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Pupil's brain recognizes the perfect teacher

Youngsters learn many important behaviors by imitating adults. But young learners are selective in who they copy, and scientists don't understand how they choose the right teacher.

Young male zebra finches must learn to copy the song of an adult tutor in order to ultimately attract a mate. Researchers already knew that juveniles don't copy songs...

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Blue crab baby sizes and shapes influence their survival

Like people, blue crabs aren't all the same sizes and shapes. Now Rutgers scientists have discovered substantial differences in the body structures of larval crab siblings and among larvae from different mothers. And that can mean the difference between an early death and survival into adulthood for this important commercial and recreational species.

Unlike other crab...

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Winter ticks killing moose at alarming rate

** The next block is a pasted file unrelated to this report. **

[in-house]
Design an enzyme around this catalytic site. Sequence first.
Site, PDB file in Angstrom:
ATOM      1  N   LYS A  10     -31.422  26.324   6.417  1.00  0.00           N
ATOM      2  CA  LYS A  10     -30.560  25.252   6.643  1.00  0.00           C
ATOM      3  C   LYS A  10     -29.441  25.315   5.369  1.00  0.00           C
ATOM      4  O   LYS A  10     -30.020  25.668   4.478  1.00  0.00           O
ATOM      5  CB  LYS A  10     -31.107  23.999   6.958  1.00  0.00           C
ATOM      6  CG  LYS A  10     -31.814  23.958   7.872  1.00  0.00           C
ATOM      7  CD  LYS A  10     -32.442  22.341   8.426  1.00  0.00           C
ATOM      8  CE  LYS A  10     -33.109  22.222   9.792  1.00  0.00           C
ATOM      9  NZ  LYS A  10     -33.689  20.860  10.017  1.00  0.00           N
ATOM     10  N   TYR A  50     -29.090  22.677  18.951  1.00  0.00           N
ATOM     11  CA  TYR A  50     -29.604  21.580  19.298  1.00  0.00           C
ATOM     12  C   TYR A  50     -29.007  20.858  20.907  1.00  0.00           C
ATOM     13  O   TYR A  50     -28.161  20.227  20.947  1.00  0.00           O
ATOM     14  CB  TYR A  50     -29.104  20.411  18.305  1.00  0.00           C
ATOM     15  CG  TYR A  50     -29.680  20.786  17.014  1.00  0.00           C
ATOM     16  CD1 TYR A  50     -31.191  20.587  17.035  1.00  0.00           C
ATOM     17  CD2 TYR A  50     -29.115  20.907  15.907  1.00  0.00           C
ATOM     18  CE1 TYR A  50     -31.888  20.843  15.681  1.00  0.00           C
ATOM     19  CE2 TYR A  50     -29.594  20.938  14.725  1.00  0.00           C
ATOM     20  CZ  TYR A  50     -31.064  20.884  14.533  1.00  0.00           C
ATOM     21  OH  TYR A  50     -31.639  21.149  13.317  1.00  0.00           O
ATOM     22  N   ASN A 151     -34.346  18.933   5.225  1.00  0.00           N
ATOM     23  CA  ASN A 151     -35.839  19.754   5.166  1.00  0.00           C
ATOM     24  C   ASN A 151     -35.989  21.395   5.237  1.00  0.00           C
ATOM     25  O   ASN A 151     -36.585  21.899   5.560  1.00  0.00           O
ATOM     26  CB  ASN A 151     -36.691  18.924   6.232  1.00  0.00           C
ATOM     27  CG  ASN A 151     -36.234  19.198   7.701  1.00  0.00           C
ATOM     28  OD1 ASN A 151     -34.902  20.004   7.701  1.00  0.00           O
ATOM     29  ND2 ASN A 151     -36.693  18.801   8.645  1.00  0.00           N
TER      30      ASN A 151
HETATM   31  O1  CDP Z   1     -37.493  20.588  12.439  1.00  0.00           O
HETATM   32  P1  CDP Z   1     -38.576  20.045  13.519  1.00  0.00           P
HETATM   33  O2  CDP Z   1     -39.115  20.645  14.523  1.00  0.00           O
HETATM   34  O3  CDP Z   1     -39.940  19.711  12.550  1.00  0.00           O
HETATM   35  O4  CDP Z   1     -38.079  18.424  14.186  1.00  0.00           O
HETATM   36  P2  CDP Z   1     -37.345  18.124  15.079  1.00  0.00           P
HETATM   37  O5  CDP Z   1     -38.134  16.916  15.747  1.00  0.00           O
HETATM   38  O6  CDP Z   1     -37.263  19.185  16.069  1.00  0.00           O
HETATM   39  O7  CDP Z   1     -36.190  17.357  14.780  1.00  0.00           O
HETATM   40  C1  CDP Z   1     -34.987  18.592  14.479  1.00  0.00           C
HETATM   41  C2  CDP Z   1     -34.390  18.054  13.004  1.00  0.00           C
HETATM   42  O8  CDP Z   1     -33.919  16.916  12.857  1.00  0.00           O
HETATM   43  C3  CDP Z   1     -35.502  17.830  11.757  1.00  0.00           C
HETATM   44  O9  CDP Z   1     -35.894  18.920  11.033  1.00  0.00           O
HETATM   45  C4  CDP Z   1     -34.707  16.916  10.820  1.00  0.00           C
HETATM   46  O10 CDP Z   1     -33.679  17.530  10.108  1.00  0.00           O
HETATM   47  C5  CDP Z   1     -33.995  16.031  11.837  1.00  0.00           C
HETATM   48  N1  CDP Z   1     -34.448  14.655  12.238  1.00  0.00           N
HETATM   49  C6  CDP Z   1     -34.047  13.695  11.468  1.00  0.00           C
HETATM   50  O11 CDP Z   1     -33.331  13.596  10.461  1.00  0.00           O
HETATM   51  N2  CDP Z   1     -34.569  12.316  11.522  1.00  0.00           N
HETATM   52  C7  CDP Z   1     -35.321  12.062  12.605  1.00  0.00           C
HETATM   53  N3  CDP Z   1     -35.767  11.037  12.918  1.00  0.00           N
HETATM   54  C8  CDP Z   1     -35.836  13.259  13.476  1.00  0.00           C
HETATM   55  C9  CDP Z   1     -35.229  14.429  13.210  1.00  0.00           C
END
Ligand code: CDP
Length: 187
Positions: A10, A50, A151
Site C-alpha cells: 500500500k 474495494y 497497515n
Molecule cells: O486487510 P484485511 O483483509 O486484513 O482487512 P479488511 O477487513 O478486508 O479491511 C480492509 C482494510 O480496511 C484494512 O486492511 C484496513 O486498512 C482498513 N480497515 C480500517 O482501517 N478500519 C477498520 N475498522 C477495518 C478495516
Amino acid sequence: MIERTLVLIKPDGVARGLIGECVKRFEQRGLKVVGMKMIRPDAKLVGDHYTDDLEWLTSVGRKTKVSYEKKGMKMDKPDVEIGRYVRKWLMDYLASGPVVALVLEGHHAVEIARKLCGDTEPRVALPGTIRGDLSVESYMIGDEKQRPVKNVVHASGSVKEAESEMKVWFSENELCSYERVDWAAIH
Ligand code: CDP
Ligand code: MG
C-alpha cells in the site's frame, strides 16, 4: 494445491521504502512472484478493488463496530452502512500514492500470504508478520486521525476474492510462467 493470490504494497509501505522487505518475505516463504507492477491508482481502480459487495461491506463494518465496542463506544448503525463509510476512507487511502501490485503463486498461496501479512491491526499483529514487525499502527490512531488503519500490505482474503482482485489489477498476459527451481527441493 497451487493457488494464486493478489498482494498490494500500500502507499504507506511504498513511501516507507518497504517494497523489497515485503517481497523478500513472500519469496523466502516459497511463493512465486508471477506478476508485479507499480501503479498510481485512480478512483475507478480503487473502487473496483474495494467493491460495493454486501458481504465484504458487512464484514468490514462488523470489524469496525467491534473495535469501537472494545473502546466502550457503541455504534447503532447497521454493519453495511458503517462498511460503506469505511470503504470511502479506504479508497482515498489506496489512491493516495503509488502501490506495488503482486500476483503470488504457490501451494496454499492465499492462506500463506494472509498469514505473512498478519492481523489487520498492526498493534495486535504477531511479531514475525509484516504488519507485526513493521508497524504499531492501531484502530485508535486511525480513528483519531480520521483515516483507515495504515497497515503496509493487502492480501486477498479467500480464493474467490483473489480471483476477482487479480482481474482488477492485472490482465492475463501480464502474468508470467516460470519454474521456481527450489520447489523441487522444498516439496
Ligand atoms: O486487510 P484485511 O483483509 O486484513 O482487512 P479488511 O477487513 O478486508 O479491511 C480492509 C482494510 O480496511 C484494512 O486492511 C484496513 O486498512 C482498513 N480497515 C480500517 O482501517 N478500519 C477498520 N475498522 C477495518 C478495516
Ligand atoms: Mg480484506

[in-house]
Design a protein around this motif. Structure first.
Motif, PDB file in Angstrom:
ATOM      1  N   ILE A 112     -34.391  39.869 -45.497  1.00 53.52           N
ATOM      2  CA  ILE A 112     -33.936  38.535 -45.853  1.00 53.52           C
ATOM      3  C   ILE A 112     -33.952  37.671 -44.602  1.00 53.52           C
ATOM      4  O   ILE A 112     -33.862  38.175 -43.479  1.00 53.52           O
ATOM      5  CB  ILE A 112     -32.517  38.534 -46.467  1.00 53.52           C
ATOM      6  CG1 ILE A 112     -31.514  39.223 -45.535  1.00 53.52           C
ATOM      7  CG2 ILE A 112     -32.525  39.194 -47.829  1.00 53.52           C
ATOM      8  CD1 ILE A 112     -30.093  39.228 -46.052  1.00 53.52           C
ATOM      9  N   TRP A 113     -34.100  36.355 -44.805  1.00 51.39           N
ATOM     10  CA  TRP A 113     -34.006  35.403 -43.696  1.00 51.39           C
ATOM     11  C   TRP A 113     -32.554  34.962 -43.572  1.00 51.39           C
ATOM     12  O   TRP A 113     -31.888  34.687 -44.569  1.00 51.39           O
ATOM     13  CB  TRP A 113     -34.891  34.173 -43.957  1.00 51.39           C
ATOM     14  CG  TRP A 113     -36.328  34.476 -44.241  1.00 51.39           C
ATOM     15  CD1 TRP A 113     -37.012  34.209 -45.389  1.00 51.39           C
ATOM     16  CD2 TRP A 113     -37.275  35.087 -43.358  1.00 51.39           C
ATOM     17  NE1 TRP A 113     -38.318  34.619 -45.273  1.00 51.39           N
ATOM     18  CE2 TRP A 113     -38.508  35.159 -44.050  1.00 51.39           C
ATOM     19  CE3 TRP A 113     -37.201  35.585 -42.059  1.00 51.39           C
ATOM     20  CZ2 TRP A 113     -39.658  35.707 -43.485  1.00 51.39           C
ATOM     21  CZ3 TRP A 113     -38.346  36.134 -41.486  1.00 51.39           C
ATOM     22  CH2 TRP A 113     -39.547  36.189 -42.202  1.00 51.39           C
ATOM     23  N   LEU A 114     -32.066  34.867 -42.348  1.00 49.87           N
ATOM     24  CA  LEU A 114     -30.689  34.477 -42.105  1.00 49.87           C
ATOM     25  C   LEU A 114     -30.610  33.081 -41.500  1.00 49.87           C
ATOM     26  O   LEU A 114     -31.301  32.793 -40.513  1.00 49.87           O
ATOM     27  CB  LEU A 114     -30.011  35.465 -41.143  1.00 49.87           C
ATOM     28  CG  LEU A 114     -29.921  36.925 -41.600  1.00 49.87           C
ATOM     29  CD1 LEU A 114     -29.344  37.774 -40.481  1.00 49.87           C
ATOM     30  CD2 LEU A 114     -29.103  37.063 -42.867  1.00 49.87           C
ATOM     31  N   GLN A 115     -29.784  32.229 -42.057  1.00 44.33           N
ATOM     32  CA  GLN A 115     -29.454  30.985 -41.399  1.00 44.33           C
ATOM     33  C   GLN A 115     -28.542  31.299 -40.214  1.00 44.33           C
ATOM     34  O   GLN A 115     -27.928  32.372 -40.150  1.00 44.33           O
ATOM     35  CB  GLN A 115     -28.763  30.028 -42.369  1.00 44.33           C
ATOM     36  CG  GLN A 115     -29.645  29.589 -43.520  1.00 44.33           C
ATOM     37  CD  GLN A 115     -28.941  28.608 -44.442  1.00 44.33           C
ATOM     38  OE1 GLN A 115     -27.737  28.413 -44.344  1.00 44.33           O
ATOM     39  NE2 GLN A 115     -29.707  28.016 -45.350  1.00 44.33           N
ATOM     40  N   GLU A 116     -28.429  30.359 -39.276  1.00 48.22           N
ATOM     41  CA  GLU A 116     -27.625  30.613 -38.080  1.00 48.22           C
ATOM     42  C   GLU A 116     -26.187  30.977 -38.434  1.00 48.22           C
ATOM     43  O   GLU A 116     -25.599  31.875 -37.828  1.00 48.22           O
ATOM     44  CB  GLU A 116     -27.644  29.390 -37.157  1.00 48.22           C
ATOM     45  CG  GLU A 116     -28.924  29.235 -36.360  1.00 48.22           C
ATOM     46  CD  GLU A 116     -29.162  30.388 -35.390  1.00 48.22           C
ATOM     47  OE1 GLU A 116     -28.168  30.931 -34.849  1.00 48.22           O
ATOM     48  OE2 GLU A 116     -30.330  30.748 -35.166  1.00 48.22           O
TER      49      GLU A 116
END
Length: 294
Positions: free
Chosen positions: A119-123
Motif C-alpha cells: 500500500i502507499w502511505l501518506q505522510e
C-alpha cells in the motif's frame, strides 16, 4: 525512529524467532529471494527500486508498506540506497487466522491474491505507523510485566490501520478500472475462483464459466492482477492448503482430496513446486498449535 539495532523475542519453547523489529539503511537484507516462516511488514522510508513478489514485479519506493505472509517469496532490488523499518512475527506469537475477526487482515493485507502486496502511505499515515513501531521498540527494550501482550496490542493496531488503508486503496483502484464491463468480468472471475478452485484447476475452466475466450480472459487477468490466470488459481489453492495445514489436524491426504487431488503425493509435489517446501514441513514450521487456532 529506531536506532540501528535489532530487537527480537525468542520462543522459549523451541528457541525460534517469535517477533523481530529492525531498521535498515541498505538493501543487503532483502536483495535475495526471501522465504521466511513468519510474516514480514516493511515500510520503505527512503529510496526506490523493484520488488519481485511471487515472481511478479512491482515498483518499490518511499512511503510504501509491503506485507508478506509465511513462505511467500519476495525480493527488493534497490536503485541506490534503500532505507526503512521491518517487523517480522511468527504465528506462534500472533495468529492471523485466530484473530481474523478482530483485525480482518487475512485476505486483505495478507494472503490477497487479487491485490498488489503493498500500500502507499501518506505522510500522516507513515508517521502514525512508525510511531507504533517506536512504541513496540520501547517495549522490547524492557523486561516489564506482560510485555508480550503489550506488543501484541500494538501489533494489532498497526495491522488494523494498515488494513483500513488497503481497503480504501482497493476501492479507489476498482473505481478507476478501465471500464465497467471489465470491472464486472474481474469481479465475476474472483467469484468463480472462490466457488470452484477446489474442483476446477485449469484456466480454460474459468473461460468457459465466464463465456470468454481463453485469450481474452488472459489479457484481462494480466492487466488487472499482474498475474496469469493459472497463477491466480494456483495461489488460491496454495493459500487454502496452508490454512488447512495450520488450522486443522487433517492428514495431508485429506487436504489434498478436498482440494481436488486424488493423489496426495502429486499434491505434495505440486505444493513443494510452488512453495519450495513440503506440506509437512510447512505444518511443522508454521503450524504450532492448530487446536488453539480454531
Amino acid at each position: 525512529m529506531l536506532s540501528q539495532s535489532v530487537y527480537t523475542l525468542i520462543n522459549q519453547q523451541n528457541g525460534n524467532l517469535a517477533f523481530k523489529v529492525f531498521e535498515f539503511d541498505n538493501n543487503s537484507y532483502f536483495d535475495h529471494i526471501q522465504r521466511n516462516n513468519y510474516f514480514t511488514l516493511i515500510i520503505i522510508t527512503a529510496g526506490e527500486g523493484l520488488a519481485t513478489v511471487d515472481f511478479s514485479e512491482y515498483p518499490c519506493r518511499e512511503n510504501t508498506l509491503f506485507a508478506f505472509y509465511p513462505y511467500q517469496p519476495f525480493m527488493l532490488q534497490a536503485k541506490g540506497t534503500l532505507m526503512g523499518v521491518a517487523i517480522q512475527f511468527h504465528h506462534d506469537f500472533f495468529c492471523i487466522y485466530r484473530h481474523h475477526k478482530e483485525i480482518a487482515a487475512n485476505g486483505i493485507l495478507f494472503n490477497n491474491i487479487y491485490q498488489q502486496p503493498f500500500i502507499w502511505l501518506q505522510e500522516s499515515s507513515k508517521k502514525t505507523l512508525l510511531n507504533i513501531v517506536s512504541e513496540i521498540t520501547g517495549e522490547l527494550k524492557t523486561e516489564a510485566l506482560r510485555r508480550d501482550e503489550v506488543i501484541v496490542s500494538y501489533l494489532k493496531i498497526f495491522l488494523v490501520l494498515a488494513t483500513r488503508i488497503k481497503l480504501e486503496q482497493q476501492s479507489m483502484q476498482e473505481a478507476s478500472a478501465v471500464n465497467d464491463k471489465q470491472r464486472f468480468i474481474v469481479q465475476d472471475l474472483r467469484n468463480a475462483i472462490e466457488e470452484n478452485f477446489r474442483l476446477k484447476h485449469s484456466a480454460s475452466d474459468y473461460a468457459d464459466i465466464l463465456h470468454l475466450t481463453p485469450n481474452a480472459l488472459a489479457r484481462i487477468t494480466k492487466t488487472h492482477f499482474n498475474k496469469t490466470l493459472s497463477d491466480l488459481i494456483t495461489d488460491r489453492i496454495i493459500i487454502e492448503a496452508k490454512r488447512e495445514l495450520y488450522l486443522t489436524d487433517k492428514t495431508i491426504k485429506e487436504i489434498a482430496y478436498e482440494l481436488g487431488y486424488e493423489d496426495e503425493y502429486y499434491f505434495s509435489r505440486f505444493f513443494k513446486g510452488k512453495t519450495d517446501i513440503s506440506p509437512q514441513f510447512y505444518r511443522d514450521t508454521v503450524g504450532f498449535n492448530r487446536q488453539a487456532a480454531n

As winter in New England seems to get warmer, fall lingers longer and spring comes into bloom earlier, areas like northern New Hampshire and western Maine are seeing an unusual continued increase in winter ticks which are endangering the moose population. Researchers at the University of New Hampshire have found that the swell of infestations...

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Letting nature take its course: Wolves in Yellowstone National Park

Since the reintroduction of wolves to Yellowstone National Park in 1995, the park's ecosystem has become a deeply complex and heterogeneous system, aided by a strategy of minimal human intervention. The new study is a synthesis of 40 years of research on large mammals in Yellowstone National Park, conducted by University of Alberta ecologist Mark...

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A selfish gene makes mice into migrants

House mice carrying a specific selfish supergene move from one population to another much more frequently than their peers. This finding of a University of Zurich study shows for the first time that a gene of this type can influence animal migratory behavior. It could help in dealing with invasive plagues transmitted by mice.

Usually the...

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